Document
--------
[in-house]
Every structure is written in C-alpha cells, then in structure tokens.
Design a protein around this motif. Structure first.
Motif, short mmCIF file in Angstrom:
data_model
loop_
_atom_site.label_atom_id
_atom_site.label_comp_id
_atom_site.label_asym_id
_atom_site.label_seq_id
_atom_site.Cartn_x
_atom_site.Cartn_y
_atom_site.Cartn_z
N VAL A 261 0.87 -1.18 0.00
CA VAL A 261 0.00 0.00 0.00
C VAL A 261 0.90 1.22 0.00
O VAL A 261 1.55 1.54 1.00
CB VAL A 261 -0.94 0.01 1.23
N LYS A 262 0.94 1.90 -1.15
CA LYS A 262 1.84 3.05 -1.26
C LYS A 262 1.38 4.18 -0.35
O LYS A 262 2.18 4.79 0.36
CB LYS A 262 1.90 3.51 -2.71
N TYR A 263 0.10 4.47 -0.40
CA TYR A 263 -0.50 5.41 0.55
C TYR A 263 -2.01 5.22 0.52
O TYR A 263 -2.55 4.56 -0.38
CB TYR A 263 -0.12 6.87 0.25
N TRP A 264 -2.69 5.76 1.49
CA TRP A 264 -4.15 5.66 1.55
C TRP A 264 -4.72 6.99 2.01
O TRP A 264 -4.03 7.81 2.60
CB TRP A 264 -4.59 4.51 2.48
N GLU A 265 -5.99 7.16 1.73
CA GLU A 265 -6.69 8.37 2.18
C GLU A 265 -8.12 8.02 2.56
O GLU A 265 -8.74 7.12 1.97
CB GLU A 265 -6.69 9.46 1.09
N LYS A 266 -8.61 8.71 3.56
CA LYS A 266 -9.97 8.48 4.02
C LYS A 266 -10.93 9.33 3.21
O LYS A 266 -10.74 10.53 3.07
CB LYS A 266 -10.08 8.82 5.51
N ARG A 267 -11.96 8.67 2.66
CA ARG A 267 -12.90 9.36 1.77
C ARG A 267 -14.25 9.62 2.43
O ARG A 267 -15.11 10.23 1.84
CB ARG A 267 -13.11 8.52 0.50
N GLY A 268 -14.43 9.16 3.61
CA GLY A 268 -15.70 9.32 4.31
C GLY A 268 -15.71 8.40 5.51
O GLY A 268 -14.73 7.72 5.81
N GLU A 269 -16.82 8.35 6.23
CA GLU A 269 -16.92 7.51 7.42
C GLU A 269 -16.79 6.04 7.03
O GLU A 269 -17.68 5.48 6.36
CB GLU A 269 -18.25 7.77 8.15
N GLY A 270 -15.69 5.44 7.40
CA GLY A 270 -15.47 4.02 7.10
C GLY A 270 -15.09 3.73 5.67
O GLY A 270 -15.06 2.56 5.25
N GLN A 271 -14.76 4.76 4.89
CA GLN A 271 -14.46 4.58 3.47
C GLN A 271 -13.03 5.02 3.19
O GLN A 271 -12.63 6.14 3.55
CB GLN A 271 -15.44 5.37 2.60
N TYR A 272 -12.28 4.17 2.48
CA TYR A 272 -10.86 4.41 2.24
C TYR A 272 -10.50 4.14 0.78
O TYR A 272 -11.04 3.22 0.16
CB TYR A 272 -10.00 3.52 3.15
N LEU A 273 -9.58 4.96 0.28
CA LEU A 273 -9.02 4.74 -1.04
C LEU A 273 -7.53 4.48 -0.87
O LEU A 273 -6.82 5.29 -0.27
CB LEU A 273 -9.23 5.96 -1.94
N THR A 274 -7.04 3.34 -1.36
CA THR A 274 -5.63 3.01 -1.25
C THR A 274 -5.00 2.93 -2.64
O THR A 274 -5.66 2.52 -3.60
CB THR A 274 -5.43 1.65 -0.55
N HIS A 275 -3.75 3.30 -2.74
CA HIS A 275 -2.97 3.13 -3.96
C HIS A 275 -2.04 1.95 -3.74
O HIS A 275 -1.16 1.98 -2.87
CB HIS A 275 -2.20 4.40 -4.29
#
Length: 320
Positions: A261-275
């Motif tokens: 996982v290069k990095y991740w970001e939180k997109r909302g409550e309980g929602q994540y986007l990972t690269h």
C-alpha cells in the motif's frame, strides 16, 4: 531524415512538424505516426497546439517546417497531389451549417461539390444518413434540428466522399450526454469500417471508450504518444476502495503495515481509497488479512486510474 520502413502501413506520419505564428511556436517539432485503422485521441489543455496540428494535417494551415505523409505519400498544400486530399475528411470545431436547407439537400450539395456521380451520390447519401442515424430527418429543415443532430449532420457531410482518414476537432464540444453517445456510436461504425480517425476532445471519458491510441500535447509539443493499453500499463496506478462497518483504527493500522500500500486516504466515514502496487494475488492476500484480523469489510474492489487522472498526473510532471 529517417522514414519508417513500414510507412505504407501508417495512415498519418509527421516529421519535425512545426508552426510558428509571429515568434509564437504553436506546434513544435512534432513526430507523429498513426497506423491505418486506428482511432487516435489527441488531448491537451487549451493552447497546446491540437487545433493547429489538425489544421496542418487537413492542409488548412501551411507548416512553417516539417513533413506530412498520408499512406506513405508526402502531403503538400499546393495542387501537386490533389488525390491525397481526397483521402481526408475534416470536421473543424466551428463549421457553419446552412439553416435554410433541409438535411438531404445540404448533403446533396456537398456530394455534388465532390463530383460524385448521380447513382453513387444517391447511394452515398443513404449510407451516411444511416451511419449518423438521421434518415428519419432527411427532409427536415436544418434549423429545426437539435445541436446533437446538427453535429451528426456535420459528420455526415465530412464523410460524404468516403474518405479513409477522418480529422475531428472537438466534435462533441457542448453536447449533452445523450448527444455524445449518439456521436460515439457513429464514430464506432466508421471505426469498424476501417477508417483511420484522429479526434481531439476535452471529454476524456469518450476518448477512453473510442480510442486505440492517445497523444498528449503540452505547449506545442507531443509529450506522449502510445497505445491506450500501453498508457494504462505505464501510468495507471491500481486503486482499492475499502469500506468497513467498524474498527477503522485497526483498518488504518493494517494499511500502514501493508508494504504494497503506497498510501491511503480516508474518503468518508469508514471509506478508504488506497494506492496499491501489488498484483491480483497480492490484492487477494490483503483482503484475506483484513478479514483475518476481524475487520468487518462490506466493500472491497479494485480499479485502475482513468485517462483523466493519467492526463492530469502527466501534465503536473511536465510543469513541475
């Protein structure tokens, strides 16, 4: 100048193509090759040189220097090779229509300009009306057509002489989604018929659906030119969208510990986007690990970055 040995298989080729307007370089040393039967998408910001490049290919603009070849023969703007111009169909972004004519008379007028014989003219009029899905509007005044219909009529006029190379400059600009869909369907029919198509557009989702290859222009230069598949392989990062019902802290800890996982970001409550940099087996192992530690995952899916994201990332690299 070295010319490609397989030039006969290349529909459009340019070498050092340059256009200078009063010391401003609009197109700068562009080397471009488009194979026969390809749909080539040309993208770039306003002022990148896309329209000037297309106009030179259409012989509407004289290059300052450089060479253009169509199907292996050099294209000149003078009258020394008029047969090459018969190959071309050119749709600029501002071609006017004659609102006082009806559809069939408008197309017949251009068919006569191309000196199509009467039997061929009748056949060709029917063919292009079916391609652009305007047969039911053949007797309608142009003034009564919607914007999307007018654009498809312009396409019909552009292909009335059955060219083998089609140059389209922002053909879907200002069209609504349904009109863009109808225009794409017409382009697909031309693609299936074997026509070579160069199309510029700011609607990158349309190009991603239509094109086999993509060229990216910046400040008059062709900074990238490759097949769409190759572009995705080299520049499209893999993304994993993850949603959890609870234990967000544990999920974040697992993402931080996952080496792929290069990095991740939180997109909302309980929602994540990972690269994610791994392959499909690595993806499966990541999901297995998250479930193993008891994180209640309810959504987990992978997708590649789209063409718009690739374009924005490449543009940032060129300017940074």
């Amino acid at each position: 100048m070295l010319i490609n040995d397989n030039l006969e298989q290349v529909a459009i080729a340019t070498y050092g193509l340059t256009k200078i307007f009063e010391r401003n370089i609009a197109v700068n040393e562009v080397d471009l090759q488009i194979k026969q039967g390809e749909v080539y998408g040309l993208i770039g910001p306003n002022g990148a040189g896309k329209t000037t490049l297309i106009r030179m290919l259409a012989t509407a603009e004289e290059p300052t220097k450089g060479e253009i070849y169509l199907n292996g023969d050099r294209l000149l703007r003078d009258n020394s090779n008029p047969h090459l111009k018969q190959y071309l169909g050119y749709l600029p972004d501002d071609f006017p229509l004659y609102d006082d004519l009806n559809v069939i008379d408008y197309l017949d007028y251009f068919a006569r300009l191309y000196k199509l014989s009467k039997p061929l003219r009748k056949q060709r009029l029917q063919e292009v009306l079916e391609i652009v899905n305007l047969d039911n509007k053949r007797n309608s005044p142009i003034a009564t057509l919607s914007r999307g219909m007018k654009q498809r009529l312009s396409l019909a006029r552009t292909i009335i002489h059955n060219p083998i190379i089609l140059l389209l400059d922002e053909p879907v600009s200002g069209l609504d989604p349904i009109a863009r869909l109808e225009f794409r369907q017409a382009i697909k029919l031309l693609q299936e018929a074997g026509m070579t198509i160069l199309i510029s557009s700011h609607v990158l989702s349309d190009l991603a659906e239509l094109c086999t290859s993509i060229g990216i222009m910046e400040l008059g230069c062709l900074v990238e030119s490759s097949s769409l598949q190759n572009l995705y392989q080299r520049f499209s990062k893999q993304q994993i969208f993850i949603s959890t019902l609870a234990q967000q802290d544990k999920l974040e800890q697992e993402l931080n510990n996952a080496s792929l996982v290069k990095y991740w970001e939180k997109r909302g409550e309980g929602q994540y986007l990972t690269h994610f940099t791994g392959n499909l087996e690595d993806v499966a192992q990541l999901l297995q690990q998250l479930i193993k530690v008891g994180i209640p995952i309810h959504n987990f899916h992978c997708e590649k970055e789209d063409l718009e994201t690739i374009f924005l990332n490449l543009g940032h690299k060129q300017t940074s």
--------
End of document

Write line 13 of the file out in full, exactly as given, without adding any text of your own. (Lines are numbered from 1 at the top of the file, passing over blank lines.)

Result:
_atom_site.Cartn_z